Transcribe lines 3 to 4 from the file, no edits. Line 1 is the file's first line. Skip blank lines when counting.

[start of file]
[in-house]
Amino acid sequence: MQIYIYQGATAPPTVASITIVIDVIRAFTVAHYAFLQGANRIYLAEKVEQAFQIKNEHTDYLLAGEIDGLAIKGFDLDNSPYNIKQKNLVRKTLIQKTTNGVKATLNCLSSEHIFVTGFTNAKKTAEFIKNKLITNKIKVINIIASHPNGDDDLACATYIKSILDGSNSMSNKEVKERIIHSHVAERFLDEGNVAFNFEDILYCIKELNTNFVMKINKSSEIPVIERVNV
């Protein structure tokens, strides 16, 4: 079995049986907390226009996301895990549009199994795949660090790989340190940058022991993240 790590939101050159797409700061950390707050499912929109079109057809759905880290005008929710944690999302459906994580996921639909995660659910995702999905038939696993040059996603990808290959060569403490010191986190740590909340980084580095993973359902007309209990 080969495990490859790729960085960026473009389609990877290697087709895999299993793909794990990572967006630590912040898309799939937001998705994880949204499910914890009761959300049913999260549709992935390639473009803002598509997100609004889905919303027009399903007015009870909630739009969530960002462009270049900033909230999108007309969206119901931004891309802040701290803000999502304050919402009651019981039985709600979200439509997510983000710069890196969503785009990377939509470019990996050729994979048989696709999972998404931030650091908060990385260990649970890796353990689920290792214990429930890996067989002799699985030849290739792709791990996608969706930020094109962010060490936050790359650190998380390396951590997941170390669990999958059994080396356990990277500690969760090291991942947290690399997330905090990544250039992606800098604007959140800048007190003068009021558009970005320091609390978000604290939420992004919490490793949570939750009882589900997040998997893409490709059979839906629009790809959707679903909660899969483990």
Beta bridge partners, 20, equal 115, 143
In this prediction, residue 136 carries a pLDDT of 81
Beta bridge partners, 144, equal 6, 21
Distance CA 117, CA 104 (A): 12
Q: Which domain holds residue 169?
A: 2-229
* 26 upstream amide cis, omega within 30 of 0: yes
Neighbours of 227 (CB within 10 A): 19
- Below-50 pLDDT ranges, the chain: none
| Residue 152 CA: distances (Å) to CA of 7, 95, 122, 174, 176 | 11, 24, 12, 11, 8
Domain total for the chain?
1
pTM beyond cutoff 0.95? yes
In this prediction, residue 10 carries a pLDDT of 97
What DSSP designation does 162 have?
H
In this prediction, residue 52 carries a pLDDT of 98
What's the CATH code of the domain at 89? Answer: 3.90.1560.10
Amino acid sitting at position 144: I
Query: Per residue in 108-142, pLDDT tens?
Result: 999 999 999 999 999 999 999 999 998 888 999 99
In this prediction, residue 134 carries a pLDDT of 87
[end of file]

């Protein structure tokens, strides 16, 4: 079995049986907390226009996301895990549009199994795949660090790989340190940058022991993240 790590939101050159797409700061950390707050499912929109079109057809759905880290005008929710944690999302459906994580996921639909995660659910995702999905038939696993040059996603990808290959060569403490010191986190740590909340980084580095993973359902007309209990 080969495990490859790729960085960026473009389609990877290697087709895999299993793909794990990572967006630590912040898309799939937001998705994880949204499910914890009761959300049913999260549709992935390639473009803002598509997100609004889905919303027009399903007015009870909630739009969530960002462009270049900033909230999108007309969206119901931004891309802040701290803000999502304050919402009651019981039985709600979200439509997510983000710069890196969503785009990377939509470019990996050729994979048989696709999972998404931030650091908060990385260990649970890796353990689920290792214990429930890996067989002799699985030849290739792709791990996608969706930020094109962010060490936050790359650190998380390396951590997941170390669990999958059994080396356990990277500690969760090291991942947290690399997330905090990544250039992606800098604007959140800048007190003068009021558009970005320091609390978000604290939420992004919490490793949570939750009882589900997040998997893409490709059979839906629009790809959707679903909660899969483990």
Beta bridge partners, 20, equal 115, 143